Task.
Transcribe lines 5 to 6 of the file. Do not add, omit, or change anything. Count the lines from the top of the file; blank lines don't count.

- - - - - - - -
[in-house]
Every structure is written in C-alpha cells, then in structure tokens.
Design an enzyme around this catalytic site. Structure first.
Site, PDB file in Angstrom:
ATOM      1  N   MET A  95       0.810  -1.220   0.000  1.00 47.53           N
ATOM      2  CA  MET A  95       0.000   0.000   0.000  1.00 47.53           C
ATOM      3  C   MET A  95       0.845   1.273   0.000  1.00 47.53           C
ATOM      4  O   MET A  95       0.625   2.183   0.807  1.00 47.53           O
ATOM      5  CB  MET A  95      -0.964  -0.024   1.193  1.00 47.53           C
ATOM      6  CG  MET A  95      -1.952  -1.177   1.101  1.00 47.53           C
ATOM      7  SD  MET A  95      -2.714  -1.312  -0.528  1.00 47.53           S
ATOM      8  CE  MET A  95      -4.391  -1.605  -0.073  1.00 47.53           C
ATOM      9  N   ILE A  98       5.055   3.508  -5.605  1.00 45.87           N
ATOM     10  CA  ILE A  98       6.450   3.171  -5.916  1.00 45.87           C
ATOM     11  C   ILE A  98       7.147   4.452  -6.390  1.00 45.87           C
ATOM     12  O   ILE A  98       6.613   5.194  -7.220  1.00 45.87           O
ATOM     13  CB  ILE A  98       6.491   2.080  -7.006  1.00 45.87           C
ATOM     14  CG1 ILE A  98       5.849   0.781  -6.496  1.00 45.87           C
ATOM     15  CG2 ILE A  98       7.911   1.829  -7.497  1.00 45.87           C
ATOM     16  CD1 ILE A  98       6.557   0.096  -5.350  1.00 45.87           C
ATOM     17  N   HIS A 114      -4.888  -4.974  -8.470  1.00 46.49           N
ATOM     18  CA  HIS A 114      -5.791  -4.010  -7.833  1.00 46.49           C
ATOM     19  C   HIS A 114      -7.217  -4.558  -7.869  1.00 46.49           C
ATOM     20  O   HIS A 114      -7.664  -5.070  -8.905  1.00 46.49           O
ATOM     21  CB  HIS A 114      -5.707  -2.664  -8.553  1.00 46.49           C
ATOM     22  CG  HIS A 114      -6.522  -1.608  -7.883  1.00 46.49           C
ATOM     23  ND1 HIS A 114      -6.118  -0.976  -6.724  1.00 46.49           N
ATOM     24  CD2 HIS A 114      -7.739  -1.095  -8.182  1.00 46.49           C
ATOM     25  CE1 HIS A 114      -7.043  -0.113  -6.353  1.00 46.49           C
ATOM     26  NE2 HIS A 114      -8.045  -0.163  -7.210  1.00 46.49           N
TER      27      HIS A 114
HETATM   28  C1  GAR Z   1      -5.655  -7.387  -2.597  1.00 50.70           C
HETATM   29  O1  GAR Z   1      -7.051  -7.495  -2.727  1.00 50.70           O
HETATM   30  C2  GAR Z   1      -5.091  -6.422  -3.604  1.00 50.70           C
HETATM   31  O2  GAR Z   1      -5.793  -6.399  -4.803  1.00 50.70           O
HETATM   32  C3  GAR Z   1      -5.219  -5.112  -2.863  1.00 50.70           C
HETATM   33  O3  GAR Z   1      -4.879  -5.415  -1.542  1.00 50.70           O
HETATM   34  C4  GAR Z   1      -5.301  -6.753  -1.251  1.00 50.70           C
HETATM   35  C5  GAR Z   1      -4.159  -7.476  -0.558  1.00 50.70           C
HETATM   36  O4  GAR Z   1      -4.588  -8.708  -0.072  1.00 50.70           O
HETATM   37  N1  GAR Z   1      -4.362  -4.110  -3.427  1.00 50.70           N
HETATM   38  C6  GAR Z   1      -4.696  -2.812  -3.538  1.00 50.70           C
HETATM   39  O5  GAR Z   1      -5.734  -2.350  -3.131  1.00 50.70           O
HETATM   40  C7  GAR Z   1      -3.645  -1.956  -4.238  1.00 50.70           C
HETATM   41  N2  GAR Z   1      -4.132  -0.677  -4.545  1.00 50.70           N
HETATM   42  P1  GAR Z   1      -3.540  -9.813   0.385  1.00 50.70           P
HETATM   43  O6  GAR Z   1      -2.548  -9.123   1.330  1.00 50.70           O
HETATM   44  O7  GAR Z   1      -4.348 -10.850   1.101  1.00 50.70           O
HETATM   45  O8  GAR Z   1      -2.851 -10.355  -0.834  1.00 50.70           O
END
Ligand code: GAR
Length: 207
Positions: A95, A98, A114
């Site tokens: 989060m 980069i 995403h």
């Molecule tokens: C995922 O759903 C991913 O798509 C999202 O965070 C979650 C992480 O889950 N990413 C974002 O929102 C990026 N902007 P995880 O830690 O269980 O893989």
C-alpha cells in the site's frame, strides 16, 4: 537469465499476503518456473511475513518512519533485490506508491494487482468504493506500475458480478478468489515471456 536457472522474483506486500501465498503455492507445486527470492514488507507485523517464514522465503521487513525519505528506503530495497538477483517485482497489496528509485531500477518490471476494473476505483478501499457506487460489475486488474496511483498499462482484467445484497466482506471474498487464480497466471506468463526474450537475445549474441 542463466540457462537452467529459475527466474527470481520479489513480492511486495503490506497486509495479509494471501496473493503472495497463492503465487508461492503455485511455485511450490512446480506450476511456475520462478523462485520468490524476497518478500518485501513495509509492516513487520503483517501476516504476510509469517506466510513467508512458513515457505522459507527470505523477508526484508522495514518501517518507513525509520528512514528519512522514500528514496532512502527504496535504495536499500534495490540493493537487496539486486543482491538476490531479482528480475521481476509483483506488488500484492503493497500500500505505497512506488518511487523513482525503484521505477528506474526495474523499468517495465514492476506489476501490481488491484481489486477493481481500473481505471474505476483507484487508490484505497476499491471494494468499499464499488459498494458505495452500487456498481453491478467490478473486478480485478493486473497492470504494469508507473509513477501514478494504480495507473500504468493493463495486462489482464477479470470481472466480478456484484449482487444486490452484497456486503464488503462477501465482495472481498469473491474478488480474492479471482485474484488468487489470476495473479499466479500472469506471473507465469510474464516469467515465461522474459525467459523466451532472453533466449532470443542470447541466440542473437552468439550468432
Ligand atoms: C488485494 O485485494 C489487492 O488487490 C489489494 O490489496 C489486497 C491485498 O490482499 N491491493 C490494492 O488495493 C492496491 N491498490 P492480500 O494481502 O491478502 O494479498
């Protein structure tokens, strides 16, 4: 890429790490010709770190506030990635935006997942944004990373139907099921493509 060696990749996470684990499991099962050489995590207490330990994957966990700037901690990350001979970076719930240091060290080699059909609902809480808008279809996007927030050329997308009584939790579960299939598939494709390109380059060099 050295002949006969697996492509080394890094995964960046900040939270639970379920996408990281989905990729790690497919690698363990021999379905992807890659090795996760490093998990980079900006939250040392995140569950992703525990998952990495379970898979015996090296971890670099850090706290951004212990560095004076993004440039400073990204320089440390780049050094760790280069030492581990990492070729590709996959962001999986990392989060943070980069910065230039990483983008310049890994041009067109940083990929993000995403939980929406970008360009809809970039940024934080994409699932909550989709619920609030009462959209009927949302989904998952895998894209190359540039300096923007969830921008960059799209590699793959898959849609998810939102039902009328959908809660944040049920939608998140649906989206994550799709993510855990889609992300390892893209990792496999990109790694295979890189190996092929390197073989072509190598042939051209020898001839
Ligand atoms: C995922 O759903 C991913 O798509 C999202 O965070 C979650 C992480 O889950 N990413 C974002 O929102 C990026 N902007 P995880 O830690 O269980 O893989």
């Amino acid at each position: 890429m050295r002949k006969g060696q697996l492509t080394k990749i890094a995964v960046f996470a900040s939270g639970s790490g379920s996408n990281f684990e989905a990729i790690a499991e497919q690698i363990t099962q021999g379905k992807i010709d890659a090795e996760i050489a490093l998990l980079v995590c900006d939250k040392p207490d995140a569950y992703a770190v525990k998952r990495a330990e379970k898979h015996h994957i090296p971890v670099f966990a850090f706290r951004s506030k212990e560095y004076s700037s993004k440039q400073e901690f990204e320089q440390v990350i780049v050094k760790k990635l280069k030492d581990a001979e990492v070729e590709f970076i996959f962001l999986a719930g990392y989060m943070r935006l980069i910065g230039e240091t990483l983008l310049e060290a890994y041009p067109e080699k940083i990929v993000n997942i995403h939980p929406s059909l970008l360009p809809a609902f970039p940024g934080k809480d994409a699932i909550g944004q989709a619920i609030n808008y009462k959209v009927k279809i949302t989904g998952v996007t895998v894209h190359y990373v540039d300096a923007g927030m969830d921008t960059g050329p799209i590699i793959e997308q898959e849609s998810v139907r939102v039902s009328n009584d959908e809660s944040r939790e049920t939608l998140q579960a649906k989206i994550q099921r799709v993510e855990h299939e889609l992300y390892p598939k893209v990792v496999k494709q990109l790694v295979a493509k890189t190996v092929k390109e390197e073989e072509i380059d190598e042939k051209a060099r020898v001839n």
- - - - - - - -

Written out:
ATOM      1  N   MET A  95       0.810  -1.220   0.000  1.00 47.53           N
ATOM      2  CA  MET A  95       0.000   0.000   0.000  1.00 47.53           C